Research on periglacial environments and permafrost from the Spanish Universities and research institutes continue at the same line that previous year, working in Andes, Iceland, Antártida and Iberian mountains or Mars. In spite of hard financial restrictions the different research groups work and collaborate with institutions and researchers from USA, Germany, Iceland, New Zealand, Mexico or Portugal. Strenuous efforts, to both personal and collective, to engage in research joint to the researcher international community are being made. More than eight research groups are working in periglacial environments; we present in this report the activity of only some of them.
The permafrost team of the Alcalá University goes on its research in the Antarctic Peninsula with the participation in the Spanish Antarctic expedition with the collaboration of the University of Lisbon, focus in the study of the thermal behavior of the permafrost by mean of the CALM-S sites and the boreholes drilled on the study area.
Figure 1. Meteo station and 25 m deep borehole, establish to characterize the thermal state of permafrost and the active layer evolution, on the top of Reina Sofia mount close to the Spanish Antarctic Station. Livingston Island (Antarctica).
Also the group, coordinated by Prof. Miguel Ramos and Miguel Angel de Pablo is participating in the Mars Sciences Laboratory NASA mission (MSL) by mean of its join in the experience; Rover Environmental Monitoring Station (REMS) that is lead by the Centro de Astrobiología (CAB-INTA).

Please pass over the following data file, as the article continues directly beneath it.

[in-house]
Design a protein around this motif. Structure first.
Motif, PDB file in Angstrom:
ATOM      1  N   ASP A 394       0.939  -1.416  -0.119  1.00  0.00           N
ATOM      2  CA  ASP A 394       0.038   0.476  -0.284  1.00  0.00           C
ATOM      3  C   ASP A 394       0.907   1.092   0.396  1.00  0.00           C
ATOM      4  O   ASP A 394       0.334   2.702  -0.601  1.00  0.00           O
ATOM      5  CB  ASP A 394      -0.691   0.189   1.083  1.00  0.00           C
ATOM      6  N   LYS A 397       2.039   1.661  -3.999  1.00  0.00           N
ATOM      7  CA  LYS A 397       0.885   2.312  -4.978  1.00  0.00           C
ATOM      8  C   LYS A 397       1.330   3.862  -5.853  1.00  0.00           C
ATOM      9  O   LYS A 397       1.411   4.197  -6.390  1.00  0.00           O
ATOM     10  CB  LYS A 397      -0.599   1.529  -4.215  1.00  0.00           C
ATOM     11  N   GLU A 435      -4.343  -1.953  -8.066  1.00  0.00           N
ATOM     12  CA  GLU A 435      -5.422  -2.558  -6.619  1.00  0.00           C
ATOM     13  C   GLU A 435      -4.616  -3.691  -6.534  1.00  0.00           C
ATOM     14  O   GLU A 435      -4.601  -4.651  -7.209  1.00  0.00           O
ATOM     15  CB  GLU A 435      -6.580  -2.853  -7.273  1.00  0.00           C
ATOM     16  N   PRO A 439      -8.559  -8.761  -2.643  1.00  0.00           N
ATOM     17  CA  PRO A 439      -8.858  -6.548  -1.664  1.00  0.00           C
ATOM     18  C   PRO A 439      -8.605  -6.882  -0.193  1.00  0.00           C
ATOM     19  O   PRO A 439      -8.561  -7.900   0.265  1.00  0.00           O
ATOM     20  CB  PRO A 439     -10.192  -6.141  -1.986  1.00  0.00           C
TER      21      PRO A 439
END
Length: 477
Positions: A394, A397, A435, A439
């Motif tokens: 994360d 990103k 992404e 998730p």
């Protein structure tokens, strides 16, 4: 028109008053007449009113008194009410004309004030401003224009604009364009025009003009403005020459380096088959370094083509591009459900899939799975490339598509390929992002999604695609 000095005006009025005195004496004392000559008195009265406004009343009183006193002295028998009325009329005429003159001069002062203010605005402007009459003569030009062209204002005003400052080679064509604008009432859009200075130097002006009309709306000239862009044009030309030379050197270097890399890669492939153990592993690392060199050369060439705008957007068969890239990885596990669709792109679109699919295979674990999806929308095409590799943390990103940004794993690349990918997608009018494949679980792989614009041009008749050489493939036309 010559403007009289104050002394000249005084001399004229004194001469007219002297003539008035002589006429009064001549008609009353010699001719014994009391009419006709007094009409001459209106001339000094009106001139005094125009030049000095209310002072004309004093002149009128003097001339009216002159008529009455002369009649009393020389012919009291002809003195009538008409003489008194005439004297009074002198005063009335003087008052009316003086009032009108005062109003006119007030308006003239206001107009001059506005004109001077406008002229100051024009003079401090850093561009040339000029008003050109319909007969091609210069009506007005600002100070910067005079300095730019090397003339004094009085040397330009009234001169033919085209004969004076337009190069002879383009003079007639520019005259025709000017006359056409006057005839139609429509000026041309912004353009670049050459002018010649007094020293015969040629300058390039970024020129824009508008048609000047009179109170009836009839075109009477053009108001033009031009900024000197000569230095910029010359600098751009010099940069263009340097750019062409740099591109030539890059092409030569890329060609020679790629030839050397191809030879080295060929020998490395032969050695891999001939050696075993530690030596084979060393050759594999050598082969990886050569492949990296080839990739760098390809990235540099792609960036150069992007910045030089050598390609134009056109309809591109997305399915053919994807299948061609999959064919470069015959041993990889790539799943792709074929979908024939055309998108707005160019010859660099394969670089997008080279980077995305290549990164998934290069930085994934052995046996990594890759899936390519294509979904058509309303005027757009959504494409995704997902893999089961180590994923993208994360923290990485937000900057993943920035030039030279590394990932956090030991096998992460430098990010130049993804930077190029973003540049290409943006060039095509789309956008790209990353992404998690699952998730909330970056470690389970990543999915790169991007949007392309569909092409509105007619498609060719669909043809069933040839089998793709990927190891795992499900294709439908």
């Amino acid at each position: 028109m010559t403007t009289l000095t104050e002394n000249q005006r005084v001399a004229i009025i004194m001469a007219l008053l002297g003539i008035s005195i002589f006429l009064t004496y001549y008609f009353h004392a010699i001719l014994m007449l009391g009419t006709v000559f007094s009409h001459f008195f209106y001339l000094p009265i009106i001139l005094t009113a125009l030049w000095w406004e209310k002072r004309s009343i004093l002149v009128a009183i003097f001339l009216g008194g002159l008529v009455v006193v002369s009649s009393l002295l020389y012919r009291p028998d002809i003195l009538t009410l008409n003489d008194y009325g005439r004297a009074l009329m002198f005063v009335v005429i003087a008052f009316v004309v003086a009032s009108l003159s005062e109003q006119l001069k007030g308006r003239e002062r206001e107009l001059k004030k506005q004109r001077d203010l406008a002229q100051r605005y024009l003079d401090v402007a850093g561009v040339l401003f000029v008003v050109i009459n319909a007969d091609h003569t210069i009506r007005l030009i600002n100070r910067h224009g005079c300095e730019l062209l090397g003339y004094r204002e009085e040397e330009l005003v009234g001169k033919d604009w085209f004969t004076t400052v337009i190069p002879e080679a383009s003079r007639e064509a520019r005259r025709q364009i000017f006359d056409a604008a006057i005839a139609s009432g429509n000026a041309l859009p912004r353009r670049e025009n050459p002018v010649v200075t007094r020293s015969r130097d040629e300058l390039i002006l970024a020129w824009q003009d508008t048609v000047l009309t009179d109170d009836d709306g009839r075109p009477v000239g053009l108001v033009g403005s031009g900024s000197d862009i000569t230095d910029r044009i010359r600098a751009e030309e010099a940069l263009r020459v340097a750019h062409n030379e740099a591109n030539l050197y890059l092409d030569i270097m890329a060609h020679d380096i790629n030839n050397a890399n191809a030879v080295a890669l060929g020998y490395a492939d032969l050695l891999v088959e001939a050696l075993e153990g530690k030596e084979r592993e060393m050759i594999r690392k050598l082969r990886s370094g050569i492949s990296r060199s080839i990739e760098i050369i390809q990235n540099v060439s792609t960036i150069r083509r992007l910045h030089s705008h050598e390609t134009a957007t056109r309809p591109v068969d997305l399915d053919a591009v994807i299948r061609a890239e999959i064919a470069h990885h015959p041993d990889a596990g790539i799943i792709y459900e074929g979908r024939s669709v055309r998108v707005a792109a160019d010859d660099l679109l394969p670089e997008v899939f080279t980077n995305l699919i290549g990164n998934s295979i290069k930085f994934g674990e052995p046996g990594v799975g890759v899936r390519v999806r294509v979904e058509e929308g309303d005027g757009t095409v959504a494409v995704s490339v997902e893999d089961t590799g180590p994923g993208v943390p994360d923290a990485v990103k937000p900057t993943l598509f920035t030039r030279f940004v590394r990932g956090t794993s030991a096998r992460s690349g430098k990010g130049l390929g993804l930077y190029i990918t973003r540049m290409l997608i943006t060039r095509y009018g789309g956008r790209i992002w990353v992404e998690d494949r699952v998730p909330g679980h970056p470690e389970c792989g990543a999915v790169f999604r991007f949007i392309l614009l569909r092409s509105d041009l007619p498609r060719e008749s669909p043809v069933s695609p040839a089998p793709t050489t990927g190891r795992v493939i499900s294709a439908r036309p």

Mars Science Laboratory is a rover that will assess whether Mars ever was, or is still today, an environment able to support microbial life, basically on the permafrost system. In other words, its mission is to determine the planet's "habitability."
The Research Group "Landscape and Paleoenvironments in Mediterranean Mountain" has continued with the activities focused on the monitoring of present-day geomorphological processes as well as the in reconstruction of past environments in Sierra Nevada and Eastern Pyrenees, coordinated by Prof. Antonio Gómez-Ortiz and Dr. Marc Oliva and Dr. Ferran Salvador-Franch.
Together with researchers from the Complutense University of Madrid and the University of Extremadura, the GETECO research Group leaded by José Juan Sanjosé, they have continued with the field monitoring in Sierra Nevada of present-day degradation of permafrost in the Veleta cirque, control of rock glacier dynamics, thermal monitoring of seasonal frost in several sites across the massif, distribution of late-lying snow patches, etc. Samples for cosmogenic dating have been collected in both massifs with the purpose of reconstructing the deglaciation process as well as phases with active rock glacier dynamics related to widespread permafrost conditions in these massifs.